ICC wants review system used at World Cup
The prospect of using the UDRS at next year's World Cup came a step closer after the ICC approved the implementation of the controversial system subject to agreements over costs and equipment between the broadcaster partner, ESPN STAR Sports, and the host nations. However, the use of UDRS in all Tests still seems a distant possibility after it was agreed to retain the current arrangement whereby the host country and visiting team decides.
The implementation of the UDRS worldwide has been inconsistent, and the ICC Cricket Committee, in its meeting at Lord's earlier this year, had recommended the system be introduced "as soon as possible in all Tests."
"The detailed work of the ICC Cricket Committee gave both the CEC and the ICC Board excellent direction and there was full agreement that technology would be used whenever possible," Haroon Lorgat, the ICC's chief executive said.
"We have all seen the benefits of using DRS to assist umpires in Test cricket and we are now keen to use DRS in the ICC Cricket World Cup. We also acknowledge and we are grateful for the support provided by broadcasters and technology suppliers around the world during the development phase of DRS."
The ICC and the ECB have also exonerated umpire Daryl Harper of any blame during the Johannesburg Test earlier this year. Harper landed in controversy after he turned down a caught-behind appeal against Graeme Smith which had been referred to him.
Harper upheld the on-field umpire Tony Hill's decision because he could not hear a sound on the replay and it was suggested that he had not increased the volume setting on his monitor which would have made the edge evident. However, the ICC has said a "technical failure" was the cause of the lapse.
"Following the issues raised with the DRS in the Wanderers Test match between South Africa and England in January 2010, the preliminary findings of Advocate Brent Lockie and ICC Cricket Committee chairman Clive Lloyd acknowledges that the technology failure at the time adversely impacted on the information received by the third umpire Daryl Harper while making his decision," the ICC said. "The ICC and the England and Wales Cricket Board agreed that the third umpire in the match, Daryl Harper, was entirely blameless due to this technical failure."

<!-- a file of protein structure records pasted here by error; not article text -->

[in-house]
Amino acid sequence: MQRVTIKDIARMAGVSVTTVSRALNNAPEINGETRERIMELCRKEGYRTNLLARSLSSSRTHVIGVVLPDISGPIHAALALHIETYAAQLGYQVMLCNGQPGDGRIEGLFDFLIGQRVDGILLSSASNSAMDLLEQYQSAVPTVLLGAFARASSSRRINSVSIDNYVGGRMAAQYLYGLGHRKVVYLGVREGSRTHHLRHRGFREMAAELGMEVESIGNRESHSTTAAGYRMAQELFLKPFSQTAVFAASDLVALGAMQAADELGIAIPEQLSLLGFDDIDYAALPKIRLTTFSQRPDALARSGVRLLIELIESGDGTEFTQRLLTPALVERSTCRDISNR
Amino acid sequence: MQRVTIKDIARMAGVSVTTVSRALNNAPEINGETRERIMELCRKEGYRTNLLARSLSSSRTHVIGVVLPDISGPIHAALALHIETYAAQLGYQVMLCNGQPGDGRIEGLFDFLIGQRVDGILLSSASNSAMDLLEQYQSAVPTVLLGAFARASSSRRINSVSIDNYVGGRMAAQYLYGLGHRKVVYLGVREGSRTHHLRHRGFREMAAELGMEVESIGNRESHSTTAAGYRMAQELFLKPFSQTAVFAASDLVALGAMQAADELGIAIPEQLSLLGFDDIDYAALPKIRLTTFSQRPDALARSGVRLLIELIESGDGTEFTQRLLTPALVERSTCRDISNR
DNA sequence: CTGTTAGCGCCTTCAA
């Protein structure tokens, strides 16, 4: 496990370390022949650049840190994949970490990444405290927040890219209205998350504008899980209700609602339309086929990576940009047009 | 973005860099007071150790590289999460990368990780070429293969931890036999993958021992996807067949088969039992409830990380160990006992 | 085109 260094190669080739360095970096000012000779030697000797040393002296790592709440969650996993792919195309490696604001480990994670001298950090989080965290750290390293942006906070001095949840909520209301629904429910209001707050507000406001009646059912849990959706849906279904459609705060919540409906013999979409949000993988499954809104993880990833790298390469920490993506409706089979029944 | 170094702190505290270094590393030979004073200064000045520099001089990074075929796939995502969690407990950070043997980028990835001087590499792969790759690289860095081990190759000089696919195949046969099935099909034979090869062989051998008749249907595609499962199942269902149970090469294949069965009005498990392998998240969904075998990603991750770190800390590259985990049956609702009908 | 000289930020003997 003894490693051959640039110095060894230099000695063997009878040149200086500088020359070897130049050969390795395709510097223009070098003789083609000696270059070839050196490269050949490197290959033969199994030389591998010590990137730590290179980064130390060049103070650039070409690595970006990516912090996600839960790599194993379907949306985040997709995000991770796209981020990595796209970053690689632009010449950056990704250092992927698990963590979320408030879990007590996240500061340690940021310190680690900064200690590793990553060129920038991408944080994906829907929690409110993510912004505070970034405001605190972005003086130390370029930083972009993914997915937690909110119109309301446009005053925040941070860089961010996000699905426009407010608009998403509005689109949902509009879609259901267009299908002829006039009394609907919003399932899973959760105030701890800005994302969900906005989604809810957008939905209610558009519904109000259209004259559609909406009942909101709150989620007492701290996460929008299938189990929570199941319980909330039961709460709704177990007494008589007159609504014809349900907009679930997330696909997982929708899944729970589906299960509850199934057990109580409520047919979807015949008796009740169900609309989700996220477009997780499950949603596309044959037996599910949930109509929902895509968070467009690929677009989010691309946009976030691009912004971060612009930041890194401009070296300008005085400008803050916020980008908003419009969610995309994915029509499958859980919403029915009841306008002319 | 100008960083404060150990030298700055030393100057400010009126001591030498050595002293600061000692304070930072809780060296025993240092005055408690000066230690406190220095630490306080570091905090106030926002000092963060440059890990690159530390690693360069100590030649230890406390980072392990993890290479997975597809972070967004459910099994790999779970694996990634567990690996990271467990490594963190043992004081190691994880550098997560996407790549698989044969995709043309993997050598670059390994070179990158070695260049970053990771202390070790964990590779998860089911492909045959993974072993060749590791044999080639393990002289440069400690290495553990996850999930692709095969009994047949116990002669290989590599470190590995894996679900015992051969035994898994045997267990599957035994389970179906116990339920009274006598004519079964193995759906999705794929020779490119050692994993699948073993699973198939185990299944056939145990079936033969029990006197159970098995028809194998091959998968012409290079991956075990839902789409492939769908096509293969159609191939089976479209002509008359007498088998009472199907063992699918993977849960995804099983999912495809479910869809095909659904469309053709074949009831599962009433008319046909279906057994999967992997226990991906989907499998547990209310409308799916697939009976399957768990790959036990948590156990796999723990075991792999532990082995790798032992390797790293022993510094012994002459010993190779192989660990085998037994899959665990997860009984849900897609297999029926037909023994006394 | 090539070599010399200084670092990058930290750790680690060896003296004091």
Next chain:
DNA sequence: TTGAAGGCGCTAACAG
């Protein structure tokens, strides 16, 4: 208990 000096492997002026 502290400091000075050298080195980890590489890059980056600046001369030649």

Andy Flower, the England coach, was unhappy with officials at the time and suggested the outcome of the investigation wasn't quite what transpired. "I know what happened that day, because they told me," he said.
However, he remains a supporter of the system and has no issues with it being extended into the World Cup. "I think the DRS, in whatever format it is used, is quite useful - because we get more good decisions," he said. "I don't see why, if we give the same level of importance to all three formats, it is only Test cricket that should have DRS available."
In a bid to eliminate any inconsistency the ICC, in May, had decided it had to meet with all broadcasting companies in a bid to standardise the use of technology, and hosted a workshop earlier in the year.